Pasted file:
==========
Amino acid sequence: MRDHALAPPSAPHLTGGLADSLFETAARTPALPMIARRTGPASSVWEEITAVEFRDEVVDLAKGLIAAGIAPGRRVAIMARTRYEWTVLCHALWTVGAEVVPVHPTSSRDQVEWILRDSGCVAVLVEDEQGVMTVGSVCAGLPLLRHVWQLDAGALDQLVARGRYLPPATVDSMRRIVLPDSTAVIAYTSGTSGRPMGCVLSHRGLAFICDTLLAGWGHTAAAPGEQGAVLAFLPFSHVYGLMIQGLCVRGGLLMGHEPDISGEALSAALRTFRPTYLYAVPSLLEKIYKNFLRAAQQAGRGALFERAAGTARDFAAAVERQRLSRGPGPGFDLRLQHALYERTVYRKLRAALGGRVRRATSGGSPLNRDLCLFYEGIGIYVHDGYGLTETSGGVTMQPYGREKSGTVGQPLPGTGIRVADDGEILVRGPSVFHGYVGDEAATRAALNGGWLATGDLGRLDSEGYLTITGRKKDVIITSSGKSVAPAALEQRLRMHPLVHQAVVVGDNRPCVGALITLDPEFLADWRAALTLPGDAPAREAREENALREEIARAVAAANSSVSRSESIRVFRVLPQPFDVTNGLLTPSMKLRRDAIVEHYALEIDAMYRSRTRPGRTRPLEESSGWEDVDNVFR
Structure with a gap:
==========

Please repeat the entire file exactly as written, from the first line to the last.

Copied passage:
Amino acid sequence: MRDHALAPPSAPHLTGGLADSLFETAARTPALPMIARRTGPASSVWEEITAVEFRDEVVDLAKGLIAAGIAPGRRVAIMARTRYEWTVLCHALWTVGAEVVPVHPTSSRDQVEWILRDSGCVAVLVEDEQGVMTVGSVCAGLPLLRHVWQLDAGALDQLVARGRYLPPATVDSMRRIVLPDSTAVIAYTSGTSGRPMGCVLSHRGLAFICDTLLAGWGHTAAAPGEQGAVLAFLPFSHVYGLMIQGLCVRGGLLMGHEPDISGEALSAALRTFRPTYLYAVPSLLEKIYKNFLRAAQQAGRGALFERAAGTARDFAAAVERQRLSRGPGPGFDLRLQHALYERTVYRKLRAALGGRVRRATSGGSPLNRDLCLFYEGIGIYVHDGYGLTETSGGVTMQPYGREKSGTVGQPLPGTGIRVADDGEILVRGPSVFHGYVGDEAATRAALNGGWLATGDLGRLDSEGYLTITGRKKDVIITSSGKSVAPAALEQRLRMHPLVHQAVVVGDNRPCVGALITLDPEFLADWRAALTLPGDAPAREAREENALREEIARAVAAANSSVSRSESIRVFRVLPQPFDVTNGLLTPSMKLRRDAIVEHYALEIDAMYRSRTRPGRTRPLEESSGWEDVDNVFR
Structure with a gap: